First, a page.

At Wandera, we evaluate and investigate every aspect of mobile threats to better understand their makeup and how to best protect against them. That’s why we decided to complete an in-depth analysis of the top-level domains cybercriminals are using the execute their intricate phishing attacks.
A typical phishing attack is made up of only three key components:
- A malicious web page built upon a purchased domain
- A Command & Control host and server
- An infection method
A registered domain is an essential requirement for any hacker looking to build and execute a phishing attack. A malicious web page simply cannot be built or accessed by an end user without the initial purchase of a domain.
Phishing in the wild
Phishing is without a doubt the number one threat affecting mobile devices today. Our data confirms that a new phishing site is created once every 15-20 seconds. That means over 4,000 new attacks go live every day.
Most phishing sites are posted and used within only a few hours before hackers introduce entirely new ones. This leads us to believe that hackers are creating and disposing of the various domains they acquire quickly and easily.
For those of you practiced and skilled in creating websites, you’ll know that each time you create a new site, it involves the acquisition of a domain. These domains usually don’t come cheap. Services like GoDaddy, Squarespace, Weebly and 1 & 1 rake in the big bucks selling official, reputable domain names to end users. Prices can vary greatly depending on the perceived value of the ‘name’ itself, but on average a domain name costs at least $10-$15 USD per year.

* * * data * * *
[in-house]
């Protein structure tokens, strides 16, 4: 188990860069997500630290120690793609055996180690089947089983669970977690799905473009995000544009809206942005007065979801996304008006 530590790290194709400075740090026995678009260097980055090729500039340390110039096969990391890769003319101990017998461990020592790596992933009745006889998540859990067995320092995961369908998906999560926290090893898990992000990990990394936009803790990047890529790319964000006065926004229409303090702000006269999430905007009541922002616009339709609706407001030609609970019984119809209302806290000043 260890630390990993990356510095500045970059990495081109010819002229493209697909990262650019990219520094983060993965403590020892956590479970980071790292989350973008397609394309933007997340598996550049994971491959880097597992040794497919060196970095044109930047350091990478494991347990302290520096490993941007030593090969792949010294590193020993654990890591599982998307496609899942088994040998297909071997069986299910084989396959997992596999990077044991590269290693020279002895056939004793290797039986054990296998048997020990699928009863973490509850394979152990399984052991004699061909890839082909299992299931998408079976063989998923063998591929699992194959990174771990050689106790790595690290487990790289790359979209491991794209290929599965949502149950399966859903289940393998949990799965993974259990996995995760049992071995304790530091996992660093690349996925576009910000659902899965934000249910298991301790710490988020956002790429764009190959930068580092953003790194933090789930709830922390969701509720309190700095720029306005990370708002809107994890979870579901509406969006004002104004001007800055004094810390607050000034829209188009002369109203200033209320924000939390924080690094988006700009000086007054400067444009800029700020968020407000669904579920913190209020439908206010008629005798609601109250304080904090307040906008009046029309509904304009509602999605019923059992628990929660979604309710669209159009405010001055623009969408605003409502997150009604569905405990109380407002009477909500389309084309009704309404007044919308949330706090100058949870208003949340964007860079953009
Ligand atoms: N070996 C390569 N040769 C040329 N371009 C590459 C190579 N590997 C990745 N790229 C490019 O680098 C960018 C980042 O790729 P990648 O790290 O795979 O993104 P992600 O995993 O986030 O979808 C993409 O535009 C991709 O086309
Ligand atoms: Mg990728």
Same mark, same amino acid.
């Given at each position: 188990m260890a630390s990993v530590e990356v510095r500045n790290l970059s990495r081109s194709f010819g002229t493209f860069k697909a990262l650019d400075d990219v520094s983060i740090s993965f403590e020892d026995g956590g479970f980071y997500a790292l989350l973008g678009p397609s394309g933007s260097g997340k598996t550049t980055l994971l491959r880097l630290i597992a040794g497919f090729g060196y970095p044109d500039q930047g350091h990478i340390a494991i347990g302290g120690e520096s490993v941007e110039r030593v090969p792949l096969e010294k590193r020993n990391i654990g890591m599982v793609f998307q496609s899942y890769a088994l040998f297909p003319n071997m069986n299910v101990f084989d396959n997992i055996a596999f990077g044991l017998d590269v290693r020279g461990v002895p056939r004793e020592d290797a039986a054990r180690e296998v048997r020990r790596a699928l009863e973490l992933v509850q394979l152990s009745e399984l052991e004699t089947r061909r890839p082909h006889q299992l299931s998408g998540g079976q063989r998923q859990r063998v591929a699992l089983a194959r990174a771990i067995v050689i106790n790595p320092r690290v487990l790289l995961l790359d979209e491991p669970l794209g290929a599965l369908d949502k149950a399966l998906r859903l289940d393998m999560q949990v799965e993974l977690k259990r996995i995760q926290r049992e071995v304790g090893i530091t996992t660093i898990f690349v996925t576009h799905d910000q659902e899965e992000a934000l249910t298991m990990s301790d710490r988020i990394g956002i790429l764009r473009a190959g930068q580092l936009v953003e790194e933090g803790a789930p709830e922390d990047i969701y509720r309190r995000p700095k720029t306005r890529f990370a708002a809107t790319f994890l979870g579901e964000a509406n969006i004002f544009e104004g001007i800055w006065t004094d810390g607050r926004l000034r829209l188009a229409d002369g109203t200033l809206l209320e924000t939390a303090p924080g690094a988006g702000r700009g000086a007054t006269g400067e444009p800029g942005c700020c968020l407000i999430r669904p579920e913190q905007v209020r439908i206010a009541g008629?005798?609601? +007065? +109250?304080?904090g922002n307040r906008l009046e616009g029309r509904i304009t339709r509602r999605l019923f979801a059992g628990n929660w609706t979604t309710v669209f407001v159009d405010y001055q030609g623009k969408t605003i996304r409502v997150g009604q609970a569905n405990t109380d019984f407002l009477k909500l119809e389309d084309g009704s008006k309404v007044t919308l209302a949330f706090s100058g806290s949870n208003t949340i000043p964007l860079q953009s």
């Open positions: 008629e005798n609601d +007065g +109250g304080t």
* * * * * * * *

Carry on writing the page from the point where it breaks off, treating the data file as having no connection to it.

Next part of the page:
A sophisticated hacker, however, can use thousands if not hundreds of thousands of domains to spread their large-scale attacks. For example, in the case of RedDrop, the zero-day malware discovered just last week, the attackers were found to be using a distribution network of 4,000+ domains. Registering 4,000 domain names at that price would amount to bills of around $50k.
You’re probably thinking there’s no way hackers are investing this much in their attacks. If so, in most cases you’re correct. In the case of phishing attacks where we see malicious domains being put up and taken down in a matter of hours, it’s unrealistic to think hackers are investing the large required funds that would normally be required.
The results of our investigation into the top 10 phishing TLDs provides some key insights into this domain dilemma. It appears, as per usual, hackers have found a way around the system.
The Top 5 TLDs
This in-depth analysis was conducted by our Data Science team. They carried out this research by reviewing the sites our mobile intelligence engine MI:RIAM had identified as ‘phishing’, accessed by Wandera’s global network of corporate mobile devices. They then performed a further investigation into the nature of the sites to discover the TLDs they possessed.